OBJECTIVE: The management of pancreatic pseudocysts varies, based mainly on local traditions, resources and expertise. No prospective, randomized study has been done comparing different approaches to treatment. The aim of the present study was to identify current treatment strategies in Sweden. MATERIAL AND METHODS: A questionnaire comprising 12 questions was e-mailed to the surgical departments of all hospitals (n=58) treating patients with pancreatitis. Comparisons were made between university and non-university hospitals and between hospitals with 150,000 or more persons versus less in the primary catchment area. RESULTS: Fifty-one hospitals responded (88%). In median, 4 (0-25) patients were treated yearly due to pancreatic pseudocysts at each hospital. Five hospitals had written guidelines. Multidisciplinary team conferences were held at 36/48 centres. Treatment strategies for acute compared to chronic pancreatitis associated pseudocysts differed significantly depending on the underlying diagnosis in the major hospitals (p=0.005). Overall, 21/49 hospitals refer some of these patients and 15/50 of the departments state that they regularly assist in taking care of patients with pancreatic pseudocysts from other hospitals. The chosen treatment modalities vary widely, above all concerning endoscopic drainage, which is more common for symptomatic non-infected pseudocysts (p=0.005) as well as infected pseudocysts (p=0.004) in university hospitals. CONCLUSIONS: The lack of protocols and management strategies for pancreatic pseudocysts is reflected by the heterogeneity in treatment strategies, as seen in the present survey. Therefore patients may be at risk of receiving suboptimal treatment. A tailored therapeutic approach that takes into consideration patient preferences and involves a multidisciplinary team should be considered in all cases.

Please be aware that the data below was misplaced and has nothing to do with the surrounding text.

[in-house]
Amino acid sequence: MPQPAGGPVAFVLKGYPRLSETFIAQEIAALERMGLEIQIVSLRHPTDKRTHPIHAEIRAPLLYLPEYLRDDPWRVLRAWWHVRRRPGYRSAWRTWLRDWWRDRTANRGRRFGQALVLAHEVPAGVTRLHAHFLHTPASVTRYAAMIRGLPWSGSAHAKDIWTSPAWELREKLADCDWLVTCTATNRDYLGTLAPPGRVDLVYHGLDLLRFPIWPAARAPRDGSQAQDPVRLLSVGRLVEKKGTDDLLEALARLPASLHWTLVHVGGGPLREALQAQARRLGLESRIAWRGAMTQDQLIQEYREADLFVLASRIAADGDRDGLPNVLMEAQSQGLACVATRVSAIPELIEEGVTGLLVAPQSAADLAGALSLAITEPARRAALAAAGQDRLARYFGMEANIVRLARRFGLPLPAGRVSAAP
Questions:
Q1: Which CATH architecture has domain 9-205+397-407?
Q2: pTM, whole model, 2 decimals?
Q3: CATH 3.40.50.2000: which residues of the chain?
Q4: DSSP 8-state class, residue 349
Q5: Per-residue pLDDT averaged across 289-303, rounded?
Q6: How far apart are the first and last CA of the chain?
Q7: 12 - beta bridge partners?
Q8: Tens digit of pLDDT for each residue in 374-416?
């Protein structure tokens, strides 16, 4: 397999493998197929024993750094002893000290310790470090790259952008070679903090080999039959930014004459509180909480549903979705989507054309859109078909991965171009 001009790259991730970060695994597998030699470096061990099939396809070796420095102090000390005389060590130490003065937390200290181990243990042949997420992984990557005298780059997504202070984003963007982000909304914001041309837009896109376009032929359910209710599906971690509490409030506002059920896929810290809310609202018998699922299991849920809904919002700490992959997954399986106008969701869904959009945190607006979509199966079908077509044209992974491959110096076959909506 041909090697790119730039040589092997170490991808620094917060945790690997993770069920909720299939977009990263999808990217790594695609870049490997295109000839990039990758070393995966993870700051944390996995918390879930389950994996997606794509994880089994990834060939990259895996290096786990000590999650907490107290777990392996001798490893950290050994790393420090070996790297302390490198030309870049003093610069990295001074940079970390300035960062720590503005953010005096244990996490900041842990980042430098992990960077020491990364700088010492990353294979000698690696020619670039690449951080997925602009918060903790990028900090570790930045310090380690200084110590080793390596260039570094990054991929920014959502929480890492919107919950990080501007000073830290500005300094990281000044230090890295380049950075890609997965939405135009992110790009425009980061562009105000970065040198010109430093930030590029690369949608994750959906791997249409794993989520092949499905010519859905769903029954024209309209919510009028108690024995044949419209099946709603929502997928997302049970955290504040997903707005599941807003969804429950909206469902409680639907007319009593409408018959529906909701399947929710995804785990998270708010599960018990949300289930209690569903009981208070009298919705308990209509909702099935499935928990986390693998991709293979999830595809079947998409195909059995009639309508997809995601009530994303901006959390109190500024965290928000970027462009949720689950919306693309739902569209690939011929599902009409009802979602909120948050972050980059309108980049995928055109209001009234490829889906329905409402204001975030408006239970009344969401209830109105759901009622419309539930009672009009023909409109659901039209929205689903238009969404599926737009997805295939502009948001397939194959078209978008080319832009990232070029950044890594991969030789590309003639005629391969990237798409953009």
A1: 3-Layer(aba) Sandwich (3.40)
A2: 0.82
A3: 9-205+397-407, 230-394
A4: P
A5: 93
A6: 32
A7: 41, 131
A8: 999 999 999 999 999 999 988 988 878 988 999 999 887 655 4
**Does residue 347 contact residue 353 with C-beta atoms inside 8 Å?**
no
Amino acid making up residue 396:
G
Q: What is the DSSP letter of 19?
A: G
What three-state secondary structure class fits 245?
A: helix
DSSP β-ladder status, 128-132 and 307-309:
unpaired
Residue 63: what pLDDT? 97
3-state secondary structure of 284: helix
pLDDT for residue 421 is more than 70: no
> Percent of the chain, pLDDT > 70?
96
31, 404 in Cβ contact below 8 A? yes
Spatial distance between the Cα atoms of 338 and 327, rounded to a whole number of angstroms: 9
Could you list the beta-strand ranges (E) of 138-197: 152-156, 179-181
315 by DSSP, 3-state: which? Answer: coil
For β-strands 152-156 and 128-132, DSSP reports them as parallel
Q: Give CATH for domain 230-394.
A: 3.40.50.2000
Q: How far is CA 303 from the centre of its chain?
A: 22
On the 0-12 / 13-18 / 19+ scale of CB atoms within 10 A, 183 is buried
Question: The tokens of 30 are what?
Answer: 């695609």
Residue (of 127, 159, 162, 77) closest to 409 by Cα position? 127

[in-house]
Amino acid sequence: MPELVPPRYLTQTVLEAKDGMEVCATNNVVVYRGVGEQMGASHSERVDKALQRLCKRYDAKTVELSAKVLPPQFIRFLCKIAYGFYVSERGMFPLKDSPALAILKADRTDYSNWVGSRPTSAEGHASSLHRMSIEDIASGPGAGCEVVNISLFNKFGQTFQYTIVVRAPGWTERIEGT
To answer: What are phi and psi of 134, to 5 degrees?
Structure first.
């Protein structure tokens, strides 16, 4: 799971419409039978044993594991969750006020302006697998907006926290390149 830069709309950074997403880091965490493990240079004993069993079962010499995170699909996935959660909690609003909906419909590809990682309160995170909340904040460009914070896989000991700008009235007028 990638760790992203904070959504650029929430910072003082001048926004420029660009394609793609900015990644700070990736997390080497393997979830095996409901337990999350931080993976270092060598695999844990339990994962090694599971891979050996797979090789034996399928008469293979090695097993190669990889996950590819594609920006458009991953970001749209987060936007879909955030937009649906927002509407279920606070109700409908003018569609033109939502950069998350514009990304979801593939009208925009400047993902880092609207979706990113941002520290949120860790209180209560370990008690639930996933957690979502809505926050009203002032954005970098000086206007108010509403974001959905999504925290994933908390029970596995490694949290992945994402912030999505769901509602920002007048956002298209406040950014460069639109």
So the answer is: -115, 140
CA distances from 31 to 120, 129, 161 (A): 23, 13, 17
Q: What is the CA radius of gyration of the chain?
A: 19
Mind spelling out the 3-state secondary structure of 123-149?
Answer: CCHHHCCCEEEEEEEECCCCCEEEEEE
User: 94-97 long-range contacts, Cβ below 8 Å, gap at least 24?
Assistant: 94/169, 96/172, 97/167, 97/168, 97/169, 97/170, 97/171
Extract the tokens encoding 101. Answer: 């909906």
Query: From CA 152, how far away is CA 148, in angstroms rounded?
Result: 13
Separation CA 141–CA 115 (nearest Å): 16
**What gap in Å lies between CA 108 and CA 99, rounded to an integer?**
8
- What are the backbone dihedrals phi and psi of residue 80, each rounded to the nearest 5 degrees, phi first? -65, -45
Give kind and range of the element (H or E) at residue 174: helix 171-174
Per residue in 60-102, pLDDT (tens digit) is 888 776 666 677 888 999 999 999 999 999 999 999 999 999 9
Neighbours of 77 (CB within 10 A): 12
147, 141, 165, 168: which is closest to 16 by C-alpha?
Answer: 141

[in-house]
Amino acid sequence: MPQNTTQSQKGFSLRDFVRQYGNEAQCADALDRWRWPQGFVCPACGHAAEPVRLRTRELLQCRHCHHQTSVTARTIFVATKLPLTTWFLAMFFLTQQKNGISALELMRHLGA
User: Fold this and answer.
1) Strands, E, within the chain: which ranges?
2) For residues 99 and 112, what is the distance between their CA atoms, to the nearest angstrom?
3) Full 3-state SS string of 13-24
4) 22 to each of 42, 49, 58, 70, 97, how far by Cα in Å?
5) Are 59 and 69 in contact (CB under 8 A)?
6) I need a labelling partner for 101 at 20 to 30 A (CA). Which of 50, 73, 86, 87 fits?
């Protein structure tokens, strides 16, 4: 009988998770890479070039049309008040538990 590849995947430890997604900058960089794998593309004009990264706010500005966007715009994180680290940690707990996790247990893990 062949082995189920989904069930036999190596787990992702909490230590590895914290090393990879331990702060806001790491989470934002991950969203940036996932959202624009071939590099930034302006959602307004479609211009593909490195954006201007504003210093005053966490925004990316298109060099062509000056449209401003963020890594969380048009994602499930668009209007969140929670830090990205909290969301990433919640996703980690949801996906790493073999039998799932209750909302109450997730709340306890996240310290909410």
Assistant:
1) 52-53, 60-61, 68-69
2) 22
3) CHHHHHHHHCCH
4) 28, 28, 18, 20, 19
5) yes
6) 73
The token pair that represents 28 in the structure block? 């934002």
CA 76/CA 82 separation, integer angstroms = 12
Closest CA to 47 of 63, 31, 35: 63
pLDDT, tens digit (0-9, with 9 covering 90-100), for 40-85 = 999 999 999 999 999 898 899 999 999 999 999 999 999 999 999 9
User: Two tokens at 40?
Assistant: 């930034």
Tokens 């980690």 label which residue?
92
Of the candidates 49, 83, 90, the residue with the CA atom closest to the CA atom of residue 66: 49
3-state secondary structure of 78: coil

The use of supplemental oxygen in the setting of suspected acute myocardial infarction (AMI) is recommended in international treatment guidelines and established in prehospital and hospital clinical routine throughout the world. However, to date there is no conclusive evidence from adequately designed and powered trials supporting this practice. Existing data are conflicting and fail to clarify the role of supplemental oxygen in AMI.
A total of 6,600 normoxemic (oxygen saturation [SpO2] =90%) patients with suspected AMI will be randomly assigned to either supplemental oxygen 6 L/min delivered by Oxymask (MedCore Sweden AB, Kista, Sweden) for 6 to 12 hours in the treatment group or room air in the control group. Patient inclusion and randomization will take place at first medical contact, either before hospital admission or at the emergency department. The Swedish Web-system for Enhancement and Development of Evidence-based care in Heart disease Evaluated According to Recommended Therapies registry will be used for online randomization, allowing inclusion of a broad population of all-comers. Follow-up will be carried out in nationwide health registries and Swedish Web-system for Enhancement and Development of Evidence-based care in Heart disease Evaluated According to Recommended Therapies. The primary objective is to evaluate whether oxygen reduces 1-year all-cause mortality. Secondary end points include 30-day mortality, major adverse cardiac events, and health economy. Prespecified subgroups include patients with confirmed AMI and certain risk groups. In a 3-month pilot study, the study concept was found to be safe and feasible.
The need to clarify the uncertainty of the role of supplemental oxygen therapy in the setting of suspected AMI is urgent. The DETO2X-AMI trial is designed and powered to address this important issue and may have a direct impact on future recommendations.